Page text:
Valley Fever Funding

“We are grateful to Assemblymember Rudy Salas for authoring this legislation and bringing critical funding to Kern County – where it is needed the most.  As Medical Director for the Valley Fever Institute at Kern Medical, I am honored to lead our clinical team as we continue our mission to increase education and awareness for the public, patients and health care providers; provide the best patient care available and promote research that includes epidemiology, clinical drug development, prevention, immunology and immunizations.  The $2 million in funding will directly help the patients we care for every day at the Valley Fever Institute.” – Royce Johnson, M.D., Medical Director of the Kern Medical Valley Fever Institute and Chief of Infectious Diseases at Kern Medical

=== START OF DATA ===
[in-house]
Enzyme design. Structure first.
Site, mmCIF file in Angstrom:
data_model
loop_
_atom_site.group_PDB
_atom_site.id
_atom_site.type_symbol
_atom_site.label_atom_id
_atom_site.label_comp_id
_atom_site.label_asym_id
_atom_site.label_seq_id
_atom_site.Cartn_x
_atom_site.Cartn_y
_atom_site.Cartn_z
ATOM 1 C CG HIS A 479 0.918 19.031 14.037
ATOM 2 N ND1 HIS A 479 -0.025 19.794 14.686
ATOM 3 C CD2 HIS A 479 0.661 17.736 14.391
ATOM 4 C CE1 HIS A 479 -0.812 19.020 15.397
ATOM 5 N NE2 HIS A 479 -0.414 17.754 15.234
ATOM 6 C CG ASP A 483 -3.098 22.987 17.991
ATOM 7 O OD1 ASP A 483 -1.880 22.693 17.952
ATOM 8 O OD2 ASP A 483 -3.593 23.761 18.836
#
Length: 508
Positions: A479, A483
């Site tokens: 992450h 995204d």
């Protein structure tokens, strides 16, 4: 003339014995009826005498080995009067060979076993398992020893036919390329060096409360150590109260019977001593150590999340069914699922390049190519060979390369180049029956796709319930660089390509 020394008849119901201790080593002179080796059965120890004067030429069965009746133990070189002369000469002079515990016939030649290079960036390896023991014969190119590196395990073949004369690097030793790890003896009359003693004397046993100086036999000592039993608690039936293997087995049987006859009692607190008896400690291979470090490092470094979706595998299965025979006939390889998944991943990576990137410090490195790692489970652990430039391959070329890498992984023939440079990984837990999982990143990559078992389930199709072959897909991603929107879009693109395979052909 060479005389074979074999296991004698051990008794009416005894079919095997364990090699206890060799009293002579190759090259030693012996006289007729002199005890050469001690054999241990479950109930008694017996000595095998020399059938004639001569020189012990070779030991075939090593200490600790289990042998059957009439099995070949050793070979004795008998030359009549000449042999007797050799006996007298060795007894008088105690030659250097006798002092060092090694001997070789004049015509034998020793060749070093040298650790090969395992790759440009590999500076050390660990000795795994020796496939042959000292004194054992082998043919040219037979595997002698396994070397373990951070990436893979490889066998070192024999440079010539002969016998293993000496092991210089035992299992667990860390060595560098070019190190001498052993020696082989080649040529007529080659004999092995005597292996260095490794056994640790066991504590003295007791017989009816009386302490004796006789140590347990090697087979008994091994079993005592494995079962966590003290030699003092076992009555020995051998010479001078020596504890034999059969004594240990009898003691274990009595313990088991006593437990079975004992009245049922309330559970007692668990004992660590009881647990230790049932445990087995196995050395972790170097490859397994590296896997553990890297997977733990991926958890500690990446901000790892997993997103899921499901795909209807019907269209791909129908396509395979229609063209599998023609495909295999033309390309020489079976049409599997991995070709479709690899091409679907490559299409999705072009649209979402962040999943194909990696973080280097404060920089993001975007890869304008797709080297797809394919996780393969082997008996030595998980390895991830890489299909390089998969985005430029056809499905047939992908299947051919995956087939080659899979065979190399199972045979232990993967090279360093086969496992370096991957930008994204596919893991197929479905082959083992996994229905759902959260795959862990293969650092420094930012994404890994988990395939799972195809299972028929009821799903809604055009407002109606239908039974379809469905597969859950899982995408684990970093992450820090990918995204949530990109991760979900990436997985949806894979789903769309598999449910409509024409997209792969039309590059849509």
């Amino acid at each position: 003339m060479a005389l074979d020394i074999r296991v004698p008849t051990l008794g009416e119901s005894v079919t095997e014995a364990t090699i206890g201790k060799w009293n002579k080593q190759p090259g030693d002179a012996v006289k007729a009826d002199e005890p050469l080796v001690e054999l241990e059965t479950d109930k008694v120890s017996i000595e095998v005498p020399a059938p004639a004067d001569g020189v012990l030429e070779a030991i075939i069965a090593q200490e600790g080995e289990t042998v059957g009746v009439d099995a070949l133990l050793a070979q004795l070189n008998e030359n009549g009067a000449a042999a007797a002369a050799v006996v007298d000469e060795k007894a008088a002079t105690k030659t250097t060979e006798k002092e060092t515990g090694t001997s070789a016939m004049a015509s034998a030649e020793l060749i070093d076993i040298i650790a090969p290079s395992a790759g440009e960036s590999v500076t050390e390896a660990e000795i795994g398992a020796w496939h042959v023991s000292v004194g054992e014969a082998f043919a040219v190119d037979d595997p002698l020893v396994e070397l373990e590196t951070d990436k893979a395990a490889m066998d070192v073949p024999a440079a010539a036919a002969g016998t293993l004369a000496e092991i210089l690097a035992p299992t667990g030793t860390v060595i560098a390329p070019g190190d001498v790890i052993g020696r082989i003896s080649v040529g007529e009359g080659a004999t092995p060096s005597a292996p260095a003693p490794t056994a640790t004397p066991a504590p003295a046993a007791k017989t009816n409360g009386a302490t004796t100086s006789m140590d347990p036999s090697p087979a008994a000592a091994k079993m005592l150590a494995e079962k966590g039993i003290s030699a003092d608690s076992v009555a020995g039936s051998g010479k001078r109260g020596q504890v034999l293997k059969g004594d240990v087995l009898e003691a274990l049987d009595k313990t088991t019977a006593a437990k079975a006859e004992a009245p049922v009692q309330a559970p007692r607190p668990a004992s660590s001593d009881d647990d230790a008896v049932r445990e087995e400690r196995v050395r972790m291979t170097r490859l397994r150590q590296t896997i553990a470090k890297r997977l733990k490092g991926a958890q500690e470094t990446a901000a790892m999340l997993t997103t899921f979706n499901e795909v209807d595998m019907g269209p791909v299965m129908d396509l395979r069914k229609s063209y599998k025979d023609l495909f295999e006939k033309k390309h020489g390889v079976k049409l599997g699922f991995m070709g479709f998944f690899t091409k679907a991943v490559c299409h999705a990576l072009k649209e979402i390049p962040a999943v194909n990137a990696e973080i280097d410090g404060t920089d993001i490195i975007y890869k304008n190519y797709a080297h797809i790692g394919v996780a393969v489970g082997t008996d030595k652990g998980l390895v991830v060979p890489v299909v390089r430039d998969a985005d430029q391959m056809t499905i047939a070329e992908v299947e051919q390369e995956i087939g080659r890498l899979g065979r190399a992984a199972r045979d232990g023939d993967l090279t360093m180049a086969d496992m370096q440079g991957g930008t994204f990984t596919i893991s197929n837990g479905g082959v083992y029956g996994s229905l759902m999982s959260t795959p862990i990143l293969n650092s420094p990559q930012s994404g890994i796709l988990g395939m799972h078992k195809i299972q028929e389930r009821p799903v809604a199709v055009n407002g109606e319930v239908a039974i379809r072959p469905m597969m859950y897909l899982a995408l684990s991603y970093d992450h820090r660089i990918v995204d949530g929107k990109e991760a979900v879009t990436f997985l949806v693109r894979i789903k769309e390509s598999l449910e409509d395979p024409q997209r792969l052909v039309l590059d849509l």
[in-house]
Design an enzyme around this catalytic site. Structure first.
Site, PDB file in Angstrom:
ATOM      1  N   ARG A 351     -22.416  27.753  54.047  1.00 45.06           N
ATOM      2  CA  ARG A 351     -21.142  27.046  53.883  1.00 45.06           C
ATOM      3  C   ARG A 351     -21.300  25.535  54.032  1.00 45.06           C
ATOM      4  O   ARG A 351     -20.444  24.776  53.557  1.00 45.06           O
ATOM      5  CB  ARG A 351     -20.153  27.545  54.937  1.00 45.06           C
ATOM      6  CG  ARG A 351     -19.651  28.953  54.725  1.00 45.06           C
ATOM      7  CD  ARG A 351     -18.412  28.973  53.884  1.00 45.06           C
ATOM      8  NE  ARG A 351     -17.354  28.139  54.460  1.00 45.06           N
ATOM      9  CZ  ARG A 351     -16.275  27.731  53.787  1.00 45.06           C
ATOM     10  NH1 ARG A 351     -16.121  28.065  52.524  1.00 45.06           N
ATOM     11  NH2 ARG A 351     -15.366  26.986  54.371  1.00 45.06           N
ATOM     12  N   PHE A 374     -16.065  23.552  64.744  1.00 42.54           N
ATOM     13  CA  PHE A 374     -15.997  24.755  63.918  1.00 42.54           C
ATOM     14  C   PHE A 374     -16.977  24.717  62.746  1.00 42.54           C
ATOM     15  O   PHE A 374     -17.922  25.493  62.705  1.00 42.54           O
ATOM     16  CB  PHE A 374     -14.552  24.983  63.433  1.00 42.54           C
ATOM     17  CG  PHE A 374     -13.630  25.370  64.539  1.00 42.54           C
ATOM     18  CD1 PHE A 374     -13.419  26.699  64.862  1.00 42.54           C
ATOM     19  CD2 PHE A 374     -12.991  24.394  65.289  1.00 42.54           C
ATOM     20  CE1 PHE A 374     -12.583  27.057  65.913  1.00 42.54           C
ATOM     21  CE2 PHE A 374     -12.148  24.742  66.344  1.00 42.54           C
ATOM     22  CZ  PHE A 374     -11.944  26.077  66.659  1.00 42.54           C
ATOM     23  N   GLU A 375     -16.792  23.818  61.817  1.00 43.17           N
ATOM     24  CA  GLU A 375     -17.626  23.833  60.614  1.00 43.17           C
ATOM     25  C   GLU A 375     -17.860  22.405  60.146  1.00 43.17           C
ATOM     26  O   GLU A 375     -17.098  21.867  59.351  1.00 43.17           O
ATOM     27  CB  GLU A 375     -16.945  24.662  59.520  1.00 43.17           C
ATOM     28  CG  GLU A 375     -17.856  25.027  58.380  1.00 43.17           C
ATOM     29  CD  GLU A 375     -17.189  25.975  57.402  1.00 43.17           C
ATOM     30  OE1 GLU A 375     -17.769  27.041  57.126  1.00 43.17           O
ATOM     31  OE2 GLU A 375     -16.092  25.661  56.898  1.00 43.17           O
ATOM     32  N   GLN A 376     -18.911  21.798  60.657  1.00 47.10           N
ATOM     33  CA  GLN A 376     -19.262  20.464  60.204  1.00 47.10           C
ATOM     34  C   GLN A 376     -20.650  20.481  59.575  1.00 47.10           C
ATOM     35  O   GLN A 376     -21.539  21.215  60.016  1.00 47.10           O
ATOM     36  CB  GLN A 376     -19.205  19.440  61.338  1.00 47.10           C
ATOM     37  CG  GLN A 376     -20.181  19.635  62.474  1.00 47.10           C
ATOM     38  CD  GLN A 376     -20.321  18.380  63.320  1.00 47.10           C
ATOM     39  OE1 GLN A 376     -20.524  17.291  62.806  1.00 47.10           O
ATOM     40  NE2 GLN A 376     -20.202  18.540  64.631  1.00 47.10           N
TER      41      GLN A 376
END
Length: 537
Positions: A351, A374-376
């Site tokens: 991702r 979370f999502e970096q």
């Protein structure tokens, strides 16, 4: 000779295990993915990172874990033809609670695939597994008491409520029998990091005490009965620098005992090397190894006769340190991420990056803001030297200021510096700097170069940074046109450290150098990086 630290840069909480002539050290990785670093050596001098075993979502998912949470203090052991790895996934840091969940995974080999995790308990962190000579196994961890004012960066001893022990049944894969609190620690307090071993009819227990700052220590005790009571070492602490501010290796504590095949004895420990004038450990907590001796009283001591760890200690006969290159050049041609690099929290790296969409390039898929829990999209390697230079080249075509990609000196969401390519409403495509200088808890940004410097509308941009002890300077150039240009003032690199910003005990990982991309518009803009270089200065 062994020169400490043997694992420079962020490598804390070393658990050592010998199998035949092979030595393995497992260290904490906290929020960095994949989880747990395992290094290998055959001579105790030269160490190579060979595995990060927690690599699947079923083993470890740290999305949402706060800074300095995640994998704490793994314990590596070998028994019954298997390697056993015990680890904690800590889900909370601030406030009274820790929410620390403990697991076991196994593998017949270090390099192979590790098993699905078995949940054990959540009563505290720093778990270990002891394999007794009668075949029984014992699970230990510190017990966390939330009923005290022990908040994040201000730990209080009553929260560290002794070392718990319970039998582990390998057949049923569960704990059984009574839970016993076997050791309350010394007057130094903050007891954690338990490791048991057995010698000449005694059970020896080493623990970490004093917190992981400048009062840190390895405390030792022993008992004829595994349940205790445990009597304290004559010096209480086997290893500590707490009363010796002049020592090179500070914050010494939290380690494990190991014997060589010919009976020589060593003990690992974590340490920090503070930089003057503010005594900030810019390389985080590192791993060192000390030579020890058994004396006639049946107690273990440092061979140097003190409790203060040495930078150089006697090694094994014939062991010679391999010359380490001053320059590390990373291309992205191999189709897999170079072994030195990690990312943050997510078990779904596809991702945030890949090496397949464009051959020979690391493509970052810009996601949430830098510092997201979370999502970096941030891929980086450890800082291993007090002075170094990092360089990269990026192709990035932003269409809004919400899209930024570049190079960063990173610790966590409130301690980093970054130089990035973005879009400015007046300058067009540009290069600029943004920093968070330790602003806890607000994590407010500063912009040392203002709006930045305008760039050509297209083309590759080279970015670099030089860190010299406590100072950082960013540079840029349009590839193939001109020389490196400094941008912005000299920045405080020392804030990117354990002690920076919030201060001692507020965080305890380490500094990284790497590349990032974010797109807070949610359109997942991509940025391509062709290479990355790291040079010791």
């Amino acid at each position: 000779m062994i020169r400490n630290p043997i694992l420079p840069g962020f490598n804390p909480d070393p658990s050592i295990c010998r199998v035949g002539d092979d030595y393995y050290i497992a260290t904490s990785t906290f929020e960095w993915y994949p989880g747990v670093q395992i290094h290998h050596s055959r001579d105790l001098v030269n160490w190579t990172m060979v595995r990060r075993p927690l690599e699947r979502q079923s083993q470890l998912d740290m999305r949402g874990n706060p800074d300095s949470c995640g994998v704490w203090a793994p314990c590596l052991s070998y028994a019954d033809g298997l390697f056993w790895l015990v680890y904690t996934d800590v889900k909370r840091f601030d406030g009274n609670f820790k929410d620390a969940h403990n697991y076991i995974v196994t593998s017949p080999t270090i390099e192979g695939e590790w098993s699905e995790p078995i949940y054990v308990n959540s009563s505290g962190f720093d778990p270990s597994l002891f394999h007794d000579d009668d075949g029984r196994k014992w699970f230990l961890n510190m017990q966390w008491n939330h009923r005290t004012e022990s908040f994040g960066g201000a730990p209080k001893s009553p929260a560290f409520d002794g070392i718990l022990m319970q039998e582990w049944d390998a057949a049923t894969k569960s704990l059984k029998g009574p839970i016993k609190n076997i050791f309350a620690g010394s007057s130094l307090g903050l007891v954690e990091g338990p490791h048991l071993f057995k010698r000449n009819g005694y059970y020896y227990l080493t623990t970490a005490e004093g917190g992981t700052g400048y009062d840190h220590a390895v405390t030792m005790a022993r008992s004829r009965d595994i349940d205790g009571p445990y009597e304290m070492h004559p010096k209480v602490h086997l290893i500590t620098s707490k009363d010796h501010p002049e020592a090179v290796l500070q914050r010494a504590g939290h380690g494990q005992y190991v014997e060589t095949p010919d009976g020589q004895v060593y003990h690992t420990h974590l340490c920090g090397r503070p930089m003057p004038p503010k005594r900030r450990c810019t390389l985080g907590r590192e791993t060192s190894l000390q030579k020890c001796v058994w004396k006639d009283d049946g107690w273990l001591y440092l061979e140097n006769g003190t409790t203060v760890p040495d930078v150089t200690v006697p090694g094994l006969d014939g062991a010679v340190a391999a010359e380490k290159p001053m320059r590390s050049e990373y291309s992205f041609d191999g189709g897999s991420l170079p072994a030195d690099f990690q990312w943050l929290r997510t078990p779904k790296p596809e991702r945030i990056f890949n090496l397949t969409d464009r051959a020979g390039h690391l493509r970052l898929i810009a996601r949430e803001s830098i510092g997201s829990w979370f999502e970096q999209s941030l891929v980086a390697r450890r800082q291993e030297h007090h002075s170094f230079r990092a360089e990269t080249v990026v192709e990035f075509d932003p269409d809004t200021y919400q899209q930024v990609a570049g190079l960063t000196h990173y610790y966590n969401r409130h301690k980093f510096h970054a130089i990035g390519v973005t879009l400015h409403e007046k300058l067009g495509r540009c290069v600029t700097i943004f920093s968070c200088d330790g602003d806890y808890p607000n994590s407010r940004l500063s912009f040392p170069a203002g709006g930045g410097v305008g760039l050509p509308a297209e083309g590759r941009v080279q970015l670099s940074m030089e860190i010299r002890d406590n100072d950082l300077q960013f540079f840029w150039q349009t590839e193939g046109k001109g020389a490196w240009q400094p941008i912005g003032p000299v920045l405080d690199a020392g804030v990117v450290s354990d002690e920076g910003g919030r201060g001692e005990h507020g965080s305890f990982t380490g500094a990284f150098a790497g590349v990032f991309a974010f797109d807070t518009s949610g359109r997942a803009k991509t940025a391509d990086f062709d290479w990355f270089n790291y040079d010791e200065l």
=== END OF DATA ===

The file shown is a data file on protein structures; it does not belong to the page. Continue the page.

“Every day at the Valley Fever Institute we care for patients fighting Valley Fever.  The $2 million will benefit countless people in Kern County and beyond.  We are grateful to our dedicated legislators for supporting this critical funding and working with us to ensure the health of our community.” – Russell V. Judd, CEO, Kern Medical


Dolores Huerta and Martin Luther King Jr. Freedom Center’s Youth and Family Civic Engagement Initiative (YFCEI)